It is reported that socioeconomic status is a major factor determining tobacco use. Several studies have shown that the poor and uneducated are at an increased risk of tobacco use.  A harmful consequence of smoking, documented in Bangladesh, is the damage done to poor families when tobacco gets priority over food and other essentials. It has also been reported that those with the lowest standard of living are likely to be the heaviest smokers.  An unpublished study found that the average age at which Mumbai street-children started using tobacco was 11·3 years, and the most frequently used products were raw tobacco, gutkha (a blend of tobacco and flavorings), and cigarettes/beedis. 
Tobacco use is reported to be rampant in urban slums in developing countries.  However the demographical variation in tobacco use in male Indian urban slum dwellers vs non-slum dwellers has not been reported, and therefore this study was undertaken to address this issue.
| Materials and Methods|| |
We undertook a secondary data analysis of the National Family Health Survey-3 (NFHS-3) to study the variation in tobacco use between urban slum and non-slum dwellers. NFHS-3 during 2005-2006, conducted a multi-level, nationally representative, cross-sectional, household sample survey with a questionnaire for men, women, and children. A uniform sample design was adopted in all the states.  The survey questionnaire had three questions addressing chewable tobacco use; these questions were 'Do you currently smoke cigarettes or beedis?' 'Do you currently smoke or use tobacco in any other form?' and 'In what other form do you currently smoke or use tobacco?' The choices for the last question were: Cigar/pipe; pan masala; ghutka; other chewing tobacco; and snuff. The answer for the last question was recorded in a 'yes/no' format in the database.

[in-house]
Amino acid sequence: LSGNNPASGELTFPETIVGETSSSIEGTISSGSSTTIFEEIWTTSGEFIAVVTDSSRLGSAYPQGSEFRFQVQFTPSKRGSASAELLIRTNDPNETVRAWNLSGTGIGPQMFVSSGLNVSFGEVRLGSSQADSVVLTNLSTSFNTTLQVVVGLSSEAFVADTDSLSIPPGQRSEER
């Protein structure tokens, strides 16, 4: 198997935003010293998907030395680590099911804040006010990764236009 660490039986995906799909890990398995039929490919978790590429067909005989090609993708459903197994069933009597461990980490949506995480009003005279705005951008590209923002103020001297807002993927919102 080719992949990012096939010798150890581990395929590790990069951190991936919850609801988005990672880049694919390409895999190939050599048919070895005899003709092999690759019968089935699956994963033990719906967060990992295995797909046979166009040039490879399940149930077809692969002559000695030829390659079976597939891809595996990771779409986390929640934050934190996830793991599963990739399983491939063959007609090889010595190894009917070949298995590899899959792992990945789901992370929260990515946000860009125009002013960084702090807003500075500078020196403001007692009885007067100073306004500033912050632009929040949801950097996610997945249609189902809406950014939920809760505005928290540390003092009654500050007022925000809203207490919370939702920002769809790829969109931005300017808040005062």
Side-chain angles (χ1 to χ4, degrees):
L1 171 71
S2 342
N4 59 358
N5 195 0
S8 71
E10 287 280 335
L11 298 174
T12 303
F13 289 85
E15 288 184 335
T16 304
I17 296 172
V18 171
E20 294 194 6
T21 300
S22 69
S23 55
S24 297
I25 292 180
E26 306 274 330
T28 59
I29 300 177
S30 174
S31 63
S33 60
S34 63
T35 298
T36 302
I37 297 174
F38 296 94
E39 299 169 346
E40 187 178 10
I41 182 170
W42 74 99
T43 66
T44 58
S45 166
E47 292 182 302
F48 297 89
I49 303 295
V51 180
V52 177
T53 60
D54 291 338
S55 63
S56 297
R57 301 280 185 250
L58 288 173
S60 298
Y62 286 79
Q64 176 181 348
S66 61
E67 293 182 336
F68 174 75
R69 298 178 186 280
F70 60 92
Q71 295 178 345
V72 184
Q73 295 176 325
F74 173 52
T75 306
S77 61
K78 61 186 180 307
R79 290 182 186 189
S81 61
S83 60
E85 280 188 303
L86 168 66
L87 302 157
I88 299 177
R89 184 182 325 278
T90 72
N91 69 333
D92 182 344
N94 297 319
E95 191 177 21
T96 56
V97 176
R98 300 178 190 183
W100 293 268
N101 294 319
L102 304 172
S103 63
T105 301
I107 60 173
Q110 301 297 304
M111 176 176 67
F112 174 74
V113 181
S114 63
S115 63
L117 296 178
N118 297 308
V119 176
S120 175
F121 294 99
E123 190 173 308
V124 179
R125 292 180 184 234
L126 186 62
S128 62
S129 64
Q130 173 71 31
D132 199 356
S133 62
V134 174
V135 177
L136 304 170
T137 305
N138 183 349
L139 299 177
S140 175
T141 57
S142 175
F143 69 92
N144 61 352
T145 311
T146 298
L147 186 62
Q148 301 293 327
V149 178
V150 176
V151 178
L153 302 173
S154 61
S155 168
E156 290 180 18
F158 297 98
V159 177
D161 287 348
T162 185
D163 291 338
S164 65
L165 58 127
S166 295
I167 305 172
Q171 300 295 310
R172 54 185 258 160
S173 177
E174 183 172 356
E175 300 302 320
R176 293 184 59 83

The sample households for the study were selected using a two-stage sampling design. In the first stage, census enumeration blocks (CEB) were selected and, in the second stage, households within the CEBs were selected. In each city, slum and non-slum primary sampling units (PSU) were selected independently from the respective lists of slum and non-slum CEBs. On special request, for the NFHS-3, the Registrar General of India made available CEB-wise data for the eight cities for which slum/non-slum estimates were provided. Two separate lists of all the slum and non-slum CEBs in all the wards of each city served as two separate sampling frames at the first stage of selection. From each sampling frame, slum and non-slum PSUs were selected using proportional to population size (PPS) sampling. The house listing carried out in each of the selected CEBs served as the sampling frame for the selection of households.  Only the unweighted data (slum/non-slum) collected by the supervisor in the field study were considered for the present study. The definitions employed by NFHS-3 for the different demographical variables were used for this study also.  The definition of 'slum' used in the NFHS-3 was employed in this study too.